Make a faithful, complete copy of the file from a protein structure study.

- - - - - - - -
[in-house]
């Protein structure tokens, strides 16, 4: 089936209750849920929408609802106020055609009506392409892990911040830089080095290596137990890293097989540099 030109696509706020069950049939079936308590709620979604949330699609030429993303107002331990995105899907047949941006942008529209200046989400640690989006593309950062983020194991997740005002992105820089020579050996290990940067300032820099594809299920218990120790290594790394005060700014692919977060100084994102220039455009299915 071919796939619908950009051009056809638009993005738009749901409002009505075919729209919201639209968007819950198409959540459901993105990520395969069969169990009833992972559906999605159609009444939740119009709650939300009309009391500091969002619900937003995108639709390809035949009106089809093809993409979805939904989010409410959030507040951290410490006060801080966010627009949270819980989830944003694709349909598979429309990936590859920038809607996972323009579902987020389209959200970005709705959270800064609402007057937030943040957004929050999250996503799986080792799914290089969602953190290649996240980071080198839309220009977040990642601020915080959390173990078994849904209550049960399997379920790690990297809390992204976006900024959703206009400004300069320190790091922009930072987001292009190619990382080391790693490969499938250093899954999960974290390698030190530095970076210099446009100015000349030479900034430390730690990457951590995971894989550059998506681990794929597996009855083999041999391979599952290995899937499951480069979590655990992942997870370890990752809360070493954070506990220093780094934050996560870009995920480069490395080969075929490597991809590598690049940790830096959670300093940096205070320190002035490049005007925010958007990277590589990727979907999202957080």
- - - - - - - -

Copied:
[in-house]
């Protein structure tokens, strides 16, 4: 089936209750849920929408609802106020055609009506392409892990911040830089080095290596137990890293097989540099 030109696509706020069950049939079936308590709620979604949330699609030429993303107002331990995105899907047949941006942008529209200046989400640690989006593309950062983020194991997740005002992105820089020579050996290990940067300032820099594809299920218990120790290594790394005060700014692919977060100084994102220039455009299915 071919796939619908950009051009056809638009993005738009749901409002009505075919729209919201639209968007819950198409959540459901993105990520395969069969169990009833992972559906999605159609009444939740119009709650939300009309009391500091969002619900937003995108639709390809035949009106089809093809993409979805939904989010409410959030507040951290410490006060801080966010627009949270819980989830944003694709349909598979429309990936590859920038809607996972323009579902987020389209959200970005709705959270800064609402007057937030943040957004929050999250996503799986080792799914290089969602953190290649996240980071080198839309220009977040990642601020915080959390173990078994849904209550049960399997379920790690990297809390992204976006900024959703206009400004300069320190790091922009930072987001292009190619990382080391790693490969499938250093899954999960974290390698030190530095970076210099446009100015000349030479900034430390730690990457951590995971894989550059998506681990794929597996009855083999041999391979599952290995899937499951480069979590655990992942997870370890990752809360070493954070506990220093780094934050996560870009995920480069490395080969075929490597991809590598690049940790830096959670300093940096205070320190002035490049005007925010958007990277590589990727979907999202957080």